Riot police fired teargas at masked protesters, who were trying to block the lawmakers from entering the congress. According to the student movement Yo Soy 132, at least six people were arrested during the preotests. 

Around 10,000 teachers have camped in the historic Zocalo square for the past two weeks. A protest, staged last week, forced Mexican congressmen to hold a meeting in a convention center as the congress building had been encircled by teachers. 

The congress has already approved some changes to the constitution in an effort to overhaul the country’s education system. 

On Sunday, the lawmakers were supposed to vote on new rules, which would oblige teachers to take mandatory performance tests to get jobs or promotions. 

In the past two weeks, Mexicans have led several protests which mainly targeted President Nieto’s shake-up of the education system in the country

Source

One part of Nieto’s reforms include union busting the most powerful teachers unions, National Coordinator of Education Workers (CNTE), in the country. Teachers say the president & his administration are blaming teachers for poor academic performance, as he continues to cut budgets for schools, especially in rural, indigenous communities. 

Teachers, along with students & supporters, have blocked major roadways, occupied the Zocalo & have disrupted Congress’ efforts to pass the new education reforms. 

#OcupaLosPinos: Mexican protesters clash with riot police on the way to protest at President Enrique Peña Nieto’s residence

Yesterday (June 1) at the Tacubaya subway station in Mexico City, a group of police confronted about 100 protesters who were heading to occupy Los Pinos President Enrique Peña Nieto resides.

This occupation, according to local reports, was part of a civil disobedience movement formed by #MéxicoSOS in response to the last year’s presidential election. 

Mexico has seen an increase in youth uprisings with the Yo Soy 132 movement, a growing student/teacher mobilization calling for accessible education & recent protests against media giant Televisa’s corrupt political ties & negative social influence.

Photo 1, 2, 3, 4

"We are all Guerrero": Mexico’s new popular education revolt, led by educators, takes on the state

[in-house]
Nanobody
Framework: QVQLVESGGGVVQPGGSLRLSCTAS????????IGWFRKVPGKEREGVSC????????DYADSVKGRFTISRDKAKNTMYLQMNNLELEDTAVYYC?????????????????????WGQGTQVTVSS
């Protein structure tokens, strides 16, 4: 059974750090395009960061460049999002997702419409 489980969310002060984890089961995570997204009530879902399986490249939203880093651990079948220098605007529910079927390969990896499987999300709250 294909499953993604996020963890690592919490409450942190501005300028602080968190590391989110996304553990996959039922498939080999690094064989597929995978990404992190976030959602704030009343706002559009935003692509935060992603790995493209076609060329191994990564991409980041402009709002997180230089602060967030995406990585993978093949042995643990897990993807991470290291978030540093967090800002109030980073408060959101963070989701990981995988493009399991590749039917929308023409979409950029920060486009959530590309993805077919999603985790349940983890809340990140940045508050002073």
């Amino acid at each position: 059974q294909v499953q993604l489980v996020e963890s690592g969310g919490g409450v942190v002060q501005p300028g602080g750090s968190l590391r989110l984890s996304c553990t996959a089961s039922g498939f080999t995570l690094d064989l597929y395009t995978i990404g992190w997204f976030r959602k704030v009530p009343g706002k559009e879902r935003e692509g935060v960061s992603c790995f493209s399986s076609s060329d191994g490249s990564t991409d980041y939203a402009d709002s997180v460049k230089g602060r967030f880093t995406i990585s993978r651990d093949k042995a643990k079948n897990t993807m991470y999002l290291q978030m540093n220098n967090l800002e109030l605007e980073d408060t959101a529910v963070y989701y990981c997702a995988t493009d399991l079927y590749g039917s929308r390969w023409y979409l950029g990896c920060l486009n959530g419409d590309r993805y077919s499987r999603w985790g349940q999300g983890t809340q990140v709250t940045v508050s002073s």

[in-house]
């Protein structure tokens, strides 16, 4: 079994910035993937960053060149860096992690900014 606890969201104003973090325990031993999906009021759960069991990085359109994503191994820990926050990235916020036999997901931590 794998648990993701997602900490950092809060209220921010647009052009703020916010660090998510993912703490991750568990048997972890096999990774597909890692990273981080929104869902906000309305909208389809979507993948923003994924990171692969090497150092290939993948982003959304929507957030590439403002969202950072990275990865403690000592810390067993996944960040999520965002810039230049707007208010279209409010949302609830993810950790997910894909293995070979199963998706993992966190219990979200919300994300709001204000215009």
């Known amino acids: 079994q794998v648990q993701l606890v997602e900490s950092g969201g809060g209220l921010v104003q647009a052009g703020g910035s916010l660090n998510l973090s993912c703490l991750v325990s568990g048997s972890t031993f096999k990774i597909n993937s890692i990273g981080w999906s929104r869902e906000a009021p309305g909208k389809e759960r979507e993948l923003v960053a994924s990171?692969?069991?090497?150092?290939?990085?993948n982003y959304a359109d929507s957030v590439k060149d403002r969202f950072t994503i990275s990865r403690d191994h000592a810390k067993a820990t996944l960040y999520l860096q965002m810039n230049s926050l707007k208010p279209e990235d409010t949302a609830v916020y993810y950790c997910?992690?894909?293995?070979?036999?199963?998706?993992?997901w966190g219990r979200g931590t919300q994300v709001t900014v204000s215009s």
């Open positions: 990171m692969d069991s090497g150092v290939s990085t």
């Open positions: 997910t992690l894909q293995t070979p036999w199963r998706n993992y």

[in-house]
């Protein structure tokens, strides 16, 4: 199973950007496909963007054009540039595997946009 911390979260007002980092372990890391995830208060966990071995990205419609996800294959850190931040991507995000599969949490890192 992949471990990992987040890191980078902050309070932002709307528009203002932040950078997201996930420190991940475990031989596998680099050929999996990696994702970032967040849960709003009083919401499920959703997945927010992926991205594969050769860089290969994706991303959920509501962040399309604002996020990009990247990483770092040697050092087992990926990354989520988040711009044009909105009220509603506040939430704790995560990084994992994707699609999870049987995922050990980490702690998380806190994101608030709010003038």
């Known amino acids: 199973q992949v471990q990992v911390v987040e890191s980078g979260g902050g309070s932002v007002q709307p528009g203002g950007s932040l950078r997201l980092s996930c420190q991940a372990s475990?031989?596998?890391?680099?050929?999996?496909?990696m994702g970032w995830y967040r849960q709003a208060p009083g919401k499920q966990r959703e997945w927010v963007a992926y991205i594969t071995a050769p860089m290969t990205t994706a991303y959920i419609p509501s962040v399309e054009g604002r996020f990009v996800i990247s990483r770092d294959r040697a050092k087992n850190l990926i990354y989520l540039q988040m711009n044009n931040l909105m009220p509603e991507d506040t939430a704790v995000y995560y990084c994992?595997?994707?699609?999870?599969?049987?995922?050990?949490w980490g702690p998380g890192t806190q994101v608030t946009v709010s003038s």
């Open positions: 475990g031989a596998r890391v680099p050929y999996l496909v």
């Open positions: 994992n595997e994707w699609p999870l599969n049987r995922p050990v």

April 26, 2013

Catalyzed by a teachers’ strike against federal education reform, a new popular movement is gaining momentum in Mexico. And in expanding its agenda to encompass long-standing grievances ranging from environmental destruction to insecurity and indigenous rights, the movement is posing a serious challenge to not only the policies of new President Enrique Pena Nieto, but the broader economic and political direction of a country ravaged by three decades of neo-liberalism as well.

In the southern state of Guerrero, two mass demonstrations this month (which drew between 50,000 and 120,000 people each, according to different press accounts) exhibited the growing strength and future potential of the popular uprising. In both instances, teachers, students, small farmers, labor union members and housewives, Mestizo and indigenous alike, jammed the streets of the state capital of Chilpancingo in a show of unity by the newly formed Guerrero Popular Movement (MPG).

Declaring the defense of public education as its first priority, the MPG has also taken stands against new mining projects, privatization of the national oil company PEMEX and increasing the 16 percent national sales tax.

In addition to the Guerrero State Coordinator of Education Workers (CETEG)- a large dissident organization within the National Union of Education Workers- the MPG’s adherents include the Popular Assembly of the Peoples of Guerrero, #YoSoy 132, the Mexican Electrical Workers Union and the Emiliano Zapata Campesino Organization, among others.

Significantly, the indigenous Regional Coordinator of Community Authorities (CRAC) forms part of the MPG’s backbone. Representing more than 120 indigenous communities (with another 50 communities reportedly on the road to membership) in the Costa Chica and La Montaña sections of Guerrero, the CRAC is the leadership body of the highly-popular community policing and justice system in indigenous regions of the state, which stands as an alternative to the top-down, centralized policing system being implemented by the Pena Nieto administration and the nation’s governors.

In an analysis of the first mass protest organized by the MPG in Chilpancingo on

April 10, the anniversary of Emiliano Zapata’s assassination, Guerrero’s Tlachinollan Human Rights Center observed that the teachers’ movement and the MPG have given broad sectors of society their “own channel” to make a deep disaffection known.

“The citizens who’ve suffered grave injuries caused by unemployment, hunger, violence and theft are in the majority,” Tlachinollan wrote. “They are pushing from below in a novel movement that’s struggling against torn-up structures nourished by corruption and which allow the co-governance of delinquency.”

Guerrero’s movement is reminiscent of the 2006 teacher’s strike in Oaxaca that transformed into a popular rebellion and occupation of the state capital before it was repressed by the administration of former Gov. Ulises Ruiz with the backing of the federal government under President Vicente Fox.